I know plenty people that will drive the dems out of town if they pass that. Berland lives in Dix Hills a house is at least 100-150′ away from their neighbors an accessory apartment doesn’t affect them like it does if your neighbor’s house is only 20′ away and even much less and they have an accessory apartment right on top of you. Jackson lives who knows where. This downzoning I hear is for a real estate co. who owns many houses with less than 70′ across front yard. School districts all across this town should revolt and so should taxpayers.

  • michael j

    vote breland and jackson OUT, they have never had huntingtons best interest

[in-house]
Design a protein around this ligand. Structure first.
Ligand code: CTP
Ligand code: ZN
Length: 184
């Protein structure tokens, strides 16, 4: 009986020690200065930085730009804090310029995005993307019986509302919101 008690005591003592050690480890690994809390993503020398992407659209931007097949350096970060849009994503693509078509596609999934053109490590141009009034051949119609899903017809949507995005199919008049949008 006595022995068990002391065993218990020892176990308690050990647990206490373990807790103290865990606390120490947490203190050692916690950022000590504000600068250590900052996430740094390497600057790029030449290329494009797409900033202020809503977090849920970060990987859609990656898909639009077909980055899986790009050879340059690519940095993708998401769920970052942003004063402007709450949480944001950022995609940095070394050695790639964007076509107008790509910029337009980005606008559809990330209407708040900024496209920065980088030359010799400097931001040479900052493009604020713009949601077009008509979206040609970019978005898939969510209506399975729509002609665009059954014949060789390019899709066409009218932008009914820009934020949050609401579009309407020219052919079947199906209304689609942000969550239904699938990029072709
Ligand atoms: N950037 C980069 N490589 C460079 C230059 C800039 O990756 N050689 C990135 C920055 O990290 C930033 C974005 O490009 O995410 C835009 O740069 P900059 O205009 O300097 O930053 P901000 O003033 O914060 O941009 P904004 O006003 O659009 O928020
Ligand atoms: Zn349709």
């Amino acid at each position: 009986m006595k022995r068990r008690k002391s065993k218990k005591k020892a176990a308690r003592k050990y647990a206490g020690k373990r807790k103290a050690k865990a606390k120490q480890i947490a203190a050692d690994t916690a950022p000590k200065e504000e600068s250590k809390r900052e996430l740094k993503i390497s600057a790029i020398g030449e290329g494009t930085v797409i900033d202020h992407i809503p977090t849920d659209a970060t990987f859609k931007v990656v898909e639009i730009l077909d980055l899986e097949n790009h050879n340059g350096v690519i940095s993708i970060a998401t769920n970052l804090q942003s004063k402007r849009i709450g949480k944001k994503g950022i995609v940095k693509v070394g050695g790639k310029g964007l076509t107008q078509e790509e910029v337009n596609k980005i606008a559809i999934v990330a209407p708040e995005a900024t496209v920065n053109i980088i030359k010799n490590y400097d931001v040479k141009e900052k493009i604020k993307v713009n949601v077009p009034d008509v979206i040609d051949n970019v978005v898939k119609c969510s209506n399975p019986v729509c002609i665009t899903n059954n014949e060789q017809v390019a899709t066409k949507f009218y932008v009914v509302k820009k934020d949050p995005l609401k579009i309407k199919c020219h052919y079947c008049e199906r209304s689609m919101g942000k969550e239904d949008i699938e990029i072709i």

lets put all the New avalon in dix hills, cold spring harbor,northport, I BELEIVE THEY NEED MORE DIVERSITY

  • Night Owl

    Wundaboy -Quote “Typically, in town hall situations like this, those that oppose an issue tend to have the most passion and make the most noise giving the false impression that they represent “the people” and are the most righteous. In reality, most residents of Huntington support the Avalon Bay project because it is simply good, progressive governmet to provide decent, affordable housing, jobs and rehabilitation for Huntington Station. Avalon Bay will be built.”

    Wundaboy not so wonderful. Just a radical leftist progressive. Progressives on Long Island are usually those who are elitists and believe in some sort of socialism.